ATCHISON T. & S. F. RY. CO. v. STATEAnnotate this Case
ATCHISON T. & S. F. RY. CO. v. STATE
1911 OK 220
115 P. 872
28 Okla. 797
Case Number: 1977
Supreme Court of Oklahoma
ATCHISON, T. & S. F. RY. CO.
STATE et al.
¶0 CORPORATION COMMISSION--Appeals from Orders--Jurisdiction of Supreme Court. Section 20, article 9, of the Constitution, which provides that, "From any action of the commission prescribing rates, charges, or classifications of traffic, or affecting the train schedule of any transportation company, or requiring additional facilities, conveniences, or public service of any transportation or transmission company * * * an appeal * * * may be taken by the corporation whose rates, charges, or classification of traffic, schedule, facilities, conveniences, or service are affected," confers appellate jurisdiction upon the Supreme Court in all actions before the Corporation Commission wherein it is sought to regulate the management and operation of transportation companies within the state in the interest of persons who use such companies for the transportation of themselves or their property, and does not apply to actions for the correction of abuses disconnected from such services.
Appeal from Corporation Commission.
Proceeding by the State and J. R. Dean against the Atchison, Topeka and Santa Fe Railway Company. From an order in favor of petitioners, the railway company appeals. Appeal dismissed.
Cottingham & Bledsoe, for appellant
Charles West, Atty. Gen., C. L. Moore, Asst. Atty. Gen., and C. J. Davenport, for appellee
¶1 This is an appeal from an order of the Corporation Commission requiring the appellant to remove such obstructions as would be dangerous to public travel, and put in a safe and adequate crossing across its track at Second, Third, Fourth, Fifth, and Sixth streets, in the town of Woodward. The complaint alleges, in substance, that the Atchison, Topeka and Santa Fe Railway Company obstructed and blockaded a number of streets in said city by constructing and maintaining there railroad grades and constructing the tracks thereon, thereby making it impossible to cross the same in the transaction of the business interests of the citizens of the city of Woodward, and that such action thereby arbitrarily deprived said citizens of the free public use of said streets where they cross the right of way of such railway company; that by reason of said obstruction the lives of the citizens of the city are endangered, public business obstructed, and property deteriorated in value, and such obstructions are a public nuisance. The Corporation Commission found from the evidence:
"That the city of Woodward was platted and laid out and that Second, Third, Fourth, Fifth and Sixth streets were regularly laid out and are public highways across the right of way of the defendant; that Second street is unobstructed other than the railroad track; Third street is obstructed by one telegraph pole and one switch stand; Fourth street, by one old stone foundation and the abandoned round house which projects forty-one feet into the street from the east; Fifth street obstructed by a switch stand and a reservoir, also by manhole leading to pipe; Sixth street obstructed by one switch and two water cranes."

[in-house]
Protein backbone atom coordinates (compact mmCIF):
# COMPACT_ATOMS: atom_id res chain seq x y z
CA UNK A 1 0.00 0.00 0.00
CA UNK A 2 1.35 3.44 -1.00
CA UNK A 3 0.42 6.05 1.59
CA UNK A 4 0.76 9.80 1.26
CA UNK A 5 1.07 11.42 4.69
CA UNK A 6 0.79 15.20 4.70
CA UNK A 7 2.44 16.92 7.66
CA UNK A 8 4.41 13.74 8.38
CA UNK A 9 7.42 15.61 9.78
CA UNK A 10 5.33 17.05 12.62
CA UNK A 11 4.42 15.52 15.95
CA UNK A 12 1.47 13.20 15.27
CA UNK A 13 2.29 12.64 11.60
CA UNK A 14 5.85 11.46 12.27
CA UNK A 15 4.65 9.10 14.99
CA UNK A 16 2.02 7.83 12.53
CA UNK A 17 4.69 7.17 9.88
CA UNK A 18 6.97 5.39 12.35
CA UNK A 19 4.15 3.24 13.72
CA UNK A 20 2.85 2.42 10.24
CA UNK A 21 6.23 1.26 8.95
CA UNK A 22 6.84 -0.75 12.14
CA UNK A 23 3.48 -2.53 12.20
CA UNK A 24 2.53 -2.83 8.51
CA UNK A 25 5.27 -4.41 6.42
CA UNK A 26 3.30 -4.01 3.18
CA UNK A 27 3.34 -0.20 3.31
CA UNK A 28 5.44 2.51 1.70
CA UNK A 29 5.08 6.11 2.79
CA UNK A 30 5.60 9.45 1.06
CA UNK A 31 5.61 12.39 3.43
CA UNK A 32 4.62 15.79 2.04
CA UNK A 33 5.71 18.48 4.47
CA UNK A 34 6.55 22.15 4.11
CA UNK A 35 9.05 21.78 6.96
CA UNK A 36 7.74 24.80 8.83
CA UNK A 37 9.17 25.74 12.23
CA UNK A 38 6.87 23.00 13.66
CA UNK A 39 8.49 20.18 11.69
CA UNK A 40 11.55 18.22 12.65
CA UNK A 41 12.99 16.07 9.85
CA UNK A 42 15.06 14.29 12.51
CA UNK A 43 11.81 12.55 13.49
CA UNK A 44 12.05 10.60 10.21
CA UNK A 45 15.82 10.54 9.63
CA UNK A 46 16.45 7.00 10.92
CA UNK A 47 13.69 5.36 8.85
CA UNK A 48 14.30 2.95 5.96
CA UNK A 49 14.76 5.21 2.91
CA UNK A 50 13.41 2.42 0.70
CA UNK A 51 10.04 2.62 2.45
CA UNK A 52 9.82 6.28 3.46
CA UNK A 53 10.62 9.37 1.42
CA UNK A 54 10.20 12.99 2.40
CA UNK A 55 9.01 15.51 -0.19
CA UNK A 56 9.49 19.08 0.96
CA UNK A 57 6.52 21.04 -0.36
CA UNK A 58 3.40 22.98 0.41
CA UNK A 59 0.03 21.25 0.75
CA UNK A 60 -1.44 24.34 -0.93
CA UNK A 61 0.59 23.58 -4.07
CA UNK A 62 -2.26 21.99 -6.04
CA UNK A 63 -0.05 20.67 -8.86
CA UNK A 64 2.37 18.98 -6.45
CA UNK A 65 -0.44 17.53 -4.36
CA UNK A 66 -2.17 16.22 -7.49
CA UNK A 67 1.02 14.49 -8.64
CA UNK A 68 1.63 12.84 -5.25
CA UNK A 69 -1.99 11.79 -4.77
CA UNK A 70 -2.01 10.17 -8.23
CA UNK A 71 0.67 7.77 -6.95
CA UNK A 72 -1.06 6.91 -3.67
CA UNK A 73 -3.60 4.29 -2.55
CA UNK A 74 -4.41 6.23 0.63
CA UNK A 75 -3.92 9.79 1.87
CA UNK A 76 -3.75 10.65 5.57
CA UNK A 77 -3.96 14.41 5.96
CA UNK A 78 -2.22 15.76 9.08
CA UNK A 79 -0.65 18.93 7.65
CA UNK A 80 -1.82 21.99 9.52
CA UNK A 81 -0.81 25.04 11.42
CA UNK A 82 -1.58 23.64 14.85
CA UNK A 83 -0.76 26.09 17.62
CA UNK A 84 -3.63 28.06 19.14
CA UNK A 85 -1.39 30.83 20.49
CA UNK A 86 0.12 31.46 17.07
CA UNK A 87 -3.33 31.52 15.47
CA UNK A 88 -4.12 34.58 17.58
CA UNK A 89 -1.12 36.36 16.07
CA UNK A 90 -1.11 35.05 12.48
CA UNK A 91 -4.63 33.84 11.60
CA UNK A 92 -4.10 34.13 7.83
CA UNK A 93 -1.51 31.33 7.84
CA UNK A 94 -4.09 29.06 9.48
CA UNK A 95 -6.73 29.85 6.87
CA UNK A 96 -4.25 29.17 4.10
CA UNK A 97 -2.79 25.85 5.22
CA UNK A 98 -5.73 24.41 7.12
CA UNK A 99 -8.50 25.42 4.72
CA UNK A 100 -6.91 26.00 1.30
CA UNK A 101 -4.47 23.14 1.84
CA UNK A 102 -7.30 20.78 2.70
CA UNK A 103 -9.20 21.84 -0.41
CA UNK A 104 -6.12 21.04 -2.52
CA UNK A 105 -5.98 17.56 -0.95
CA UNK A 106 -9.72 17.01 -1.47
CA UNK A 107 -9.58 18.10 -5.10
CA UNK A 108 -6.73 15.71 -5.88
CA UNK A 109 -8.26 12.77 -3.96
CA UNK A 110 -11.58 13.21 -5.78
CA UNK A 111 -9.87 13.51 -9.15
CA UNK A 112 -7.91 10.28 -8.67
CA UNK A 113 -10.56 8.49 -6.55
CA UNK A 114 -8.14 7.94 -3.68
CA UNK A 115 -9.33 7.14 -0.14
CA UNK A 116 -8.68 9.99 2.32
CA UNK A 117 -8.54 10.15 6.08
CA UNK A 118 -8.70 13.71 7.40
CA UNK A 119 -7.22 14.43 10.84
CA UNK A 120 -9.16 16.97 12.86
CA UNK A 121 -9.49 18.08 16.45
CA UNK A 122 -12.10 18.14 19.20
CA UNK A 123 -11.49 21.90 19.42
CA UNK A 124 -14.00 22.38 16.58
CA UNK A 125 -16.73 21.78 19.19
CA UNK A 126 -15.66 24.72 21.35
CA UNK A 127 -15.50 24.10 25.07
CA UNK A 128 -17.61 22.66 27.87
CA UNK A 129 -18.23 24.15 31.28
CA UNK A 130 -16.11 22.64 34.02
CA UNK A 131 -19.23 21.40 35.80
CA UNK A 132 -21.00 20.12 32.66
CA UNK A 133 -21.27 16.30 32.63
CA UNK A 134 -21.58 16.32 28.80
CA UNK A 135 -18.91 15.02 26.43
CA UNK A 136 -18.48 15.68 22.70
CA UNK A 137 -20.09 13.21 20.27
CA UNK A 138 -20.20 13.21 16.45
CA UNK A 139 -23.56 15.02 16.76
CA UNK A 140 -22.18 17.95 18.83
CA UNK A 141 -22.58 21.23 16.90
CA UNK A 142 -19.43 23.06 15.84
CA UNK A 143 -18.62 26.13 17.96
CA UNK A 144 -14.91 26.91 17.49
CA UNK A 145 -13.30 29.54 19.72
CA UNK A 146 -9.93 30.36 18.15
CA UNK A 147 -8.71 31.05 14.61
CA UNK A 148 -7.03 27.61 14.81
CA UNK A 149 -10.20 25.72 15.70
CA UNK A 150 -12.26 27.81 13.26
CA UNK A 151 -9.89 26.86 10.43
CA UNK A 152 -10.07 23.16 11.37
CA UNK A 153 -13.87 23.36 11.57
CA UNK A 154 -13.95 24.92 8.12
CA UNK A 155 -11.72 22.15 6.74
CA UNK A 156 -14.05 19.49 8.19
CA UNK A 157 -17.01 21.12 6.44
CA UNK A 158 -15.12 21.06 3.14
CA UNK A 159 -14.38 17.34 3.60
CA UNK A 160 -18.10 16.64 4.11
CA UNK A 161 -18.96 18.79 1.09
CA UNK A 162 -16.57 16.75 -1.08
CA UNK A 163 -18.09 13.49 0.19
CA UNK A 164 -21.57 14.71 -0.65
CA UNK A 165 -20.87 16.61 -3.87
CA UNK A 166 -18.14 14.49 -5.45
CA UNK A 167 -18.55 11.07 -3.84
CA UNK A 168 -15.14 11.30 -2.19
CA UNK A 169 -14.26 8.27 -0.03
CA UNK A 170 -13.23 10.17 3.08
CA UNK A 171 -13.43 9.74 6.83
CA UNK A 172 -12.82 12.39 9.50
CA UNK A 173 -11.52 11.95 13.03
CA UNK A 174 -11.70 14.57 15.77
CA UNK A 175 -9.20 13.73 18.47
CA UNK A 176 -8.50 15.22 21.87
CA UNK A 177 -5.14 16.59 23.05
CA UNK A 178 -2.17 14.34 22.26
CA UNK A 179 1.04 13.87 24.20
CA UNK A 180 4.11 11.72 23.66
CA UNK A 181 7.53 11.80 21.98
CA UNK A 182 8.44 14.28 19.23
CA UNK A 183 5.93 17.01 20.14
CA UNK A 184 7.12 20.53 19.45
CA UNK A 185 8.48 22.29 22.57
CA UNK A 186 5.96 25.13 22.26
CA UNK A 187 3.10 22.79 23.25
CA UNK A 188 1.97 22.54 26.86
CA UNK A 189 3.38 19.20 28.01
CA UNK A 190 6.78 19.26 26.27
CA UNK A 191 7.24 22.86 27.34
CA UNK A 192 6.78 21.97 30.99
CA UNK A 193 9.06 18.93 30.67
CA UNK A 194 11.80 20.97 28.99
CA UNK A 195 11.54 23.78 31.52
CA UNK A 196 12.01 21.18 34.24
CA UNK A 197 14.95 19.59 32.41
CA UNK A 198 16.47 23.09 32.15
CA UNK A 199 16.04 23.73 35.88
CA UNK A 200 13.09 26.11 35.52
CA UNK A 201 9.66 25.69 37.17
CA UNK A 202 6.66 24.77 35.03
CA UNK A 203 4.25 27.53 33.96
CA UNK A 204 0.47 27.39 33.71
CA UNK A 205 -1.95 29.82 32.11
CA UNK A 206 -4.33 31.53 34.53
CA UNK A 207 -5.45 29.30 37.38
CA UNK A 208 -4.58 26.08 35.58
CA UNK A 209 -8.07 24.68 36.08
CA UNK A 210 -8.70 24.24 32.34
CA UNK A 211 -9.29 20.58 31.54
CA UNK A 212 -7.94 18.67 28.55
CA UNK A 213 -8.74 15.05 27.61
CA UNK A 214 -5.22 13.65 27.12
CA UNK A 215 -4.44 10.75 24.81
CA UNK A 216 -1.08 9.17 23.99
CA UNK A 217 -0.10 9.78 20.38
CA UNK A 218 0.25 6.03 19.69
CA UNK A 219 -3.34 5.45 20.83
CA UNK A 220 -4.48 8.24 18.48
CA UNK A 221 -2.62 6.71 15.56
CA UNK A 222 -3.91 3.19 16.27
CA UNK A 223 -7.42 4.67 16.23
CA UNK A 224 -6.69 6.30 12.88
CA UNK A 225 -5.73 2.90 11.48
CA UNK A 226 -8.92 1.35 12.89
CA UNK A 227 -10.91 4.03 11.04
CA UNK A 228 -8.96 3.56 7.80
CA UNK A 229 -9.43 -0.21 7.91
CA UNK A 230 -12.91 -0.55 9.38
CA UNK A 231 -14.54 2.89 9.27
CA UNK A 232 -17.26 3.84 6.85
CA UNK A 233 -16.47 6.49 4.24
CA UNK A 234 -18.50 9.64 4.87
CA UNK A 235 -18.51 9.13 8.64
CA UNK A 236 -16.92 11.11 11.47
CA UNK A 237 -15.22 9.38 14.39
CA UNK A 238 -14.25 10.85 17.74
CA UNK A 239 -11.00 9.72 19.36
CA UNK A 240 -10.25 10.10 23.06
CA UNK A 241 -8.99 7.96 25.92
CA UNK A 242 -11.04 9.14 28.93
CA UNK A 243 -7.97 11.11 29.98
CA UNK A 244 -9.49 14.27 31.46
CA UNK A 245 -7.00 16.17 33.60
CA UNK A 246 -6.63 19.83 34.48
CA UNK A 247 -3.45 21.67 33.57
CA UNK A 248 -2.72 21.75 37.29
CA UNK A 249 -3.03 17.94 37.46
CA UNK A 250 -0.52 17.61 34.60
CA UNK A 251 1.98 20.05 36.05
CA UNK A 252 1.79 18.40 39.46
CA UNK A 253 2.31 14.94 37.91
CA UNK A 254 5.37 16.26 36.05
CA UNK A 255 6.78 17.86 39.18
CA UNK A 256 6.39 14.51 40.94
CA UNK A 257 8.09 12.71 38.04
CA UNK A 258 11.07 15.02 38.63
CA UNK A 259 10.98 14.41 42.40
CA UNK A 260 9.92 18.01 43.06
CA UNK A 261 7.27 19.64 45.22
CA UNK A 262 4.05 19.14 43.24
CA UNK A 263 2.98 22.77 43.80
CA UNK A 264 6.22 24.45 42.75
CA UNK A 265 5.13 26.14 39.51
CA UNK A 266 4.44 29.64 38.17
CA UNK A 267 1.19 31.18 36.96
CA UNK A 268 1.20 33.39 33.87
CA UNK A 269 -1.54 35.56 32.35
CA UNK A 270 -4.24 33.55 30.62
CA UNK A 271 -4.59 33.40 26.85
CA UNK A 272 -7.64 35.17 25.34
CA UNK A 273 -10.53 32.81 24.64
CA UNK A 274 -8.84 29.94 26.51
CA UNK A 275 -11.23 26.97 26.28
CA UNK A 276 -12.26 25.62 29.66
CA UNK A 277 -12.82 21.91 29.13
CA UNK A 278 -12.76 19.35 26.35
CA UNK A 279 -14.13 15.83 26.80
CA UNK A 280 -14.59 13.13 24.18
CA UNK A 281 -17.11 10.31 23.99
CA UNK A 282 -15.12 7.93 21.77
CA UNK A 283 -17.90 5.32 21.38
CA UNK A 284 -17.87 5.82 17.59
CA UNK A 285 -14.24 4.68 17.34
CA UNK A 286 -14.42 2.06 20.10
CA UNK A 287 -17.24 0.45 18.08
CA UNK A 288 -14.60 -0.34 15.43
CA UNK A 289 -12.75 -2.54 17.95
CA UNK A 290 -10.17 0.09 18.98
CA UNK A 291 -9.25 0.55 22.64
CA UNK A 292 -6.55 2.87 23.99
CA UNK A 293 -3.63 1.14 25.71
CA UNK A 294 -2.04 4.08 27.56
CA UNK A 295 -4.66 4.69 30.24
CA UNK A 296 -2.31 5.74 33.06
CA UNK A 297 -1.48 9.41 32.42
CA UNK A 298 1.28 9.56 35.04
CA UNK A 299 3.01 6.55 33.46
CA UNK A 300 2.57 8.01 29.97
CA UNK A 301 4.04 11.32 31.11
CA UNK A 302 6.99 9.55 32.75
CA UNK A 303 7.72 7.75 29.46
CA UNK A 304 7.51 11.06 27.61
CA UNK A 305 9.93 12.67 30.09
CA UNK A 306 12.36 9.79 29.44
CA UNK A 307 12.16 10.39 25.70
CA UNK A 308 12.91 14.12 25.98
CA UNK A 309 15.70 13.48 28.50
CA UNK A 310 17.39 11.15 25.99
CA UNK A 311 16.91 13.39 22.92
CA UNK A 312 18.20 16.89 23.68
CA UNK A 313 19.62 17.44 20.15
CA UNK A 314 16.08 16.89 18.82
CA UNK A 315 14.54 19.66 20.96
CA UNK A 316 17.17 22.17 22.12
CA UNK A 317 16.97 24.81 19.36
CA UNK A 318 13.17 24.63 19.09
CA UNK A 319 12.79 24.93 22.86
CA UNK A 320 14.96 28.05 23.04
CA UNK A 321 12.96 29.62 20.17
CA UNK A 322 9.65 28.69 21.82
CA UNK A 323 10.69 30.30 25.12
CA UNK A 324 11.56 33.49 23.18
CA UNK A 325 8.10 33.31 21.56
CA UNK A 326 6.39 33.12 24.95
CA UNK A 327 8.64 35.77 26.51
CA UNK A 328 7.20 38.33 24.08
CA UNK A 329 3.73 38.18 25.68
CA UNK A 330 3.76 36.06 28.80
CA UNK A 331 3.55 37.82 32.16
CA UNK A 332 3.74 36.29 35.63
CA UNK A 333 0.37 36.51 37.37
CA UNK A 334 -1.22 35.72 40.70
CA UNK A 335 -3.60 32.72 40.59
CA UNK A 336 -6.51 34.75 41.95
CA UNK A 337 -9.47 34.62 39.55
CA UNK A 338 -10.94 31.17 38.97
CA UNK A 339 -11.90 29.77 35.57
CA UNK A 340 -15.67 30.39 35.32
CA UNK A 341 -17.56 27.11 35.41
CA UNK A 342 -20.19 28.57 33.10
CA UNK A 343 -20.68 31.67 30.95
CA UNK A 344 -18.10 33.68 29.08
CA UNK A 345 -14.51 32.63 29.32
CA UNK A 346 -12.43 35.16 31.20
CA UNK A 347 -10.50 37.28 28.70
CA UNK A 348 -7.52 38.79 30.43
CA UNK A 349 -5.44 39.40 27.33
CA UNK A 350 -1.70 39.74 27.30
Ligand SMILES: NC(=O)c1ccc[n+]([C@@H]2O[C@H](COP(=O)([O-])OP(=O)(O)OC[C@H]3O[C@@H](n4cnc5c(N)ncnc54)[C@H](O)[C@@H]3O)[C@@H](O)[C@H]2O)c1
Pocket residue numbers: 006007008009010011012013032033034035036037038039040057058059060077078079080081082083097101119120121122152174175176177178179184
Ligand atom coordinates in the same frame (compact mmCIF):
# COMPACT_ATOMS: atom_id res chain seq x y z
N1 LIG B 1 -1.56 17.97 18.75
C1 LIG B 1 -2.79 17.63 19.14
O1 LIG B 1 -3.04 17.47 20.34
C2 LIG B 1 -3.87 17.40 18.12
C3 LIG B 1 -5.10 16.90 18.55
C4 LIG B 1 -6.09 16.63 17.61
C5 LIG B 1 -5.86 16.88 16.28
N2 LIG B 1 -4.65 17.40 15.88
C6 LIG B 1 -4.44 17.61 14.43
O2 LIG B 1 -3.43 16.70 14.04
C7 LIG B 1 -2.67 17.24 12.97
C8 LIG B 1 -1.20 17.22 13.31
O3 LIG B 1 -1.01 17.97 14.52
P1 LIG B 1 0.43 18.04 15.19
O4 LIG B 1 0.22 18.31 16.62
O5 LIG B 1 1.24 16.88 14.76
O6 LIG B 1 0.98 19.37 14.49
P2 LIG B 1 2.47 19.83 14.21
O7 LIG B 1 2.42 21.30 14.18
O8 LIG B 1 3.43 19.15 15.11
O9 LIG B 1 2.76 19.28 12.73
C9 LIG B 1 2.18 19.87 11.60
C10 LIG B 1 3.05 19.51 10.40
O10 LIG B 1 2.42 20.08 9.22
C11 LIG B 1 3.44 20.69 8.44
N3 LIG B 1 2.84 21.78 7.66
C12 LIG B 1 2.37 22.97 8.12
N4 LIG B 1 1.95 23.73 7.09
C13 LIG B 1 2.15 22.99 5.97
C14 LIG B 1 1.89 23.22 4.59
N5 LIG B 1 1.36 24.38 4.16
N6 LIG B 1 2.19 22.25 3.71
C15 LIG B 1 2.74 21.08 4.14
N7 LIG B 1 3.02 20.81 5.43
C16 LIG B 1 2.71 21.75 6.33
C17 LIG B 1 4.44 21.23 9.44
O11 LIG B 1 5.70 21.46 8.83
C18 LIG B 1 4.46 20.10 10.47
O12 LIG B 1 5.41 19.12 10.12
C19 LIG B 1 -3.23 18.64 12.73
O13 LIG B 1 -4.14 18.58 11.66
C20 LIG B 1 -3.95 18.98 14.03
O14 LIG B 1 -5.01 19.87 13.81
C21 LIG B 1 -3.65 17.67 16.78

¶2 The first assignment of error challenges the jurisdiction and authority of the Corporation Commission to make the order appealed from. This court, however, is of the opinion that, as the order complained of requires the correction of an abuse which affects the people of a particular community disconnected from their use of the railway for the transportation of themselves and their property, an appeal does not lie therefrom to the Supreme Court. It will be noticed that the language of section 18, article 9, of the Constitution, which confers original jurisdiction upon the commission, is considerably broader than the language of section 20, which provides for appeals to the Supreme Court; so it does not follow that an appeal lies in all actions over which the commission may have jurisdiction. St. Louis & S. F. R. R. Co. v. State, 24 Okla. 805, 105 P. 351; A., T. & S. F. Ry. Co. v. State, 24 Okla. 807; A., T. & S. F. Ry. Co. v. State, 27 Okla. 329, and A., T. & S. F. Ry. Co. v. State (ante) 114 P. 722, and case No. 1942, A., T. & S. F. Ry. Co. v. State (ante, p. 12), decided at the last term of court. Section 20, supra, provides that appeals to the Supreme Court may be taken "from any action of the Commission prescribing rates, charges, or classifications of traffic, or affecting the train schedule of any transportation company, or requiring additional facilities, conveniences, or public service of any transportation or transmission company." With the abuses complained of the public, as patrons of the railway company, have no concern. It is true that the general public, and particularly the residents of the city of Woodward, have a right to the free use of all duly dedicated streets and public highways within the city, but unless the action before the Corporation Commission concerns additional facilities, conveniences, or public service within the meaning of those terms as used in section 20, supra, an appeal does not lie to this court from an order entered therein.
¶3 People ex rel. N. Y., N. H. & H. R. Co. v. Willcox et al., Com'rs. (N. Y.) 94 N.E. 212, involves the question of the power of the Public Service Commission of the state of New York to abate a nuisance committed by one of the common carriers of that state. The language of the New York statute which confers jurisdiction upon its commission is very general and probably somewhat broader than the constitutional provision which confers appellate jurisdiction from proceedings before the Corporation Commission upon this court. In delivering the majority opinion of the court, Mr. Justice Gray said: